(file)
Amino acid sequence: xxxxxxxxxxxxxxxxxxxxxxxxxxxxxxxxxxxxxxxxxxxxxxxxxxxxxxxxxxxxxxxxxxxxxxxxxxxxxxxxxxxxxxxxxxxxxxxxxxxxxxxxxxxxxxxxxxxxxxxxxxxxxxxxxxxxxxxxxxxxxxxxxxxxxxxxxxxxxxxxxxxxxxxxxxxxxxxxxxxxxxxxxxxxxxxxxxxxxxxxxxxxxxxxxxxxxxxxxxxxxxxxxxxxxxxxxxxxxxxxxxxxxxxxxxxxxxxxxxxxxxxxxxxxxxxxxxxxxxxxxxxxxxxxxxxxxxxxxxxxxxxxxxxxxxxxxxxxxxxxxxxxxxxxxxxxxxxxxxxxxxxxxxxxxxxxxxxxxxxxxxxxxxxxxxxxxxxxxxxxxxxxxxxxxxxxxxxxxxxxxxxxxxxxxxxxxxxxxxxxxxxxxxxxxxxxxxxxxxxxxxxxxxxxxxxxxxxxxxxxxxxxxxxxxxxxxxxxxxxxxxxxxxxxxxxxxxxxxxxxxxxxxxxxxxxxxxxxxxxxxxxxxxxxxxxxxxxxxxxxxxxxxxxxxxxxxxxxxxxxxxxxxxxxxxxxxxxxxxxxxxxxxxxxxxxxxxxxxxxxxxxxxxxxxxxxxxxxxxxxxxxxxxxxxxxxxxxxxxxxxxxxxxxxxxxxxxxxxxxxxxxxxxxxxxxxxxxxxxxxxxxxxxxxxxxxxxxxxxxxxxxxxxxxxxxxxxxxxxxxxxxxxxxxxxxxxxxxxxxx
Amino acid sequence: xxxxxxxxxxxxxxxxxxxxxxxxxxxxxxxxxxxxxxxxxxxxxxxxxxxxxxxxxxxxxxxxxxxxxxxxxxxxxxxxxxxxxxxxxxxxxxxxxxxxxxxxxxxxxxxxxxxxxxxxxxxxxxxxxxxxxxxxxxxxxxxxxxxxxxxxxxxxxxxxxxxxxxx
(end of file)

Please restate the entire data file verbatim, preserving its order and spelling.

Amino acid sequence: xxxxxxxxxxxxxxxxxxxxxxxxxxxxxxxxxxxxxxxxxxxxxxxxxxxxxxxxxxxxxxxxxxxxxxxxxxxxxxxxxxxxxxxxxxxxxxxxxxxxxxxxxxxxxxxxxxxxxxxxxxxxxxxxxxxxxxxxxxxxxxxxxxxxxxxxxxxxxxxxxxxxxxxxxxxxxxxxxxxxxxxxxxxxxxxxxxxxxxxxxxxxxxxxxxxxxxxxxxxxxxxxxxxxxxxxxxxxxxxxxxxxxxxxxxxxxxxxxxxxxxxxxxxxxxxxxxxxxxxxxxxxxxxxxxxxxxxxxxxxxxxxxxxxxxxxxxxxxxxxxxxxxxxxxxxxxxxxxxxxxxxxxxxxxxxxxxxxxxxxxxxxxxxxxxxxxxxxxxxxxxxxxxxxxxxxxxxxxxxxxxxxxxxxxxxxxxxxxxxxxxxxxxxxxxxxxxxxxxxxxxxxxxxxxxxxxxxxxxxxxxxxxxxxxxxxxxxxxxxxxxxxxxxxxxxxxxxxxxxxxxxxxxxxxxxxxxxxxxxxxxxxxxxxxxxxxxxxxxxxxxxxxxxxxxxxxxxxxxxxxxxxxxxxxxxxxxxxxxxxxxxxxxxxxxxxxxxxxxxxxxxxxxxxxxxxxxxxxxxxxxxxxxxxxxxxxxxxxxxxxxxxxxxxxxxxxxxxxxxxxxxxxxxxxxxxxxxxxxxxxxxxxxxxxxxxxxxxxxxxxxxxxxxxxxxxxxxxxxxxxxxxxxxxxxxxxxxxxxxx
Amino acid sequence: xxxxxxxxxxxxxxxxxxxxxxxxxxxxxxxxxxxxxxxxxxxxxxxxxxxxxxxxxxxxxxxxxxxxxxxxxxxxxxxxxxxxxxxxxxxxxxxxxxxxxxxxxxxxxxxxxxxxxxxxxxxxxxxxxxxxxxxxxxxxxxxxxxxxxxxxxxxxxxxxxxxxxxx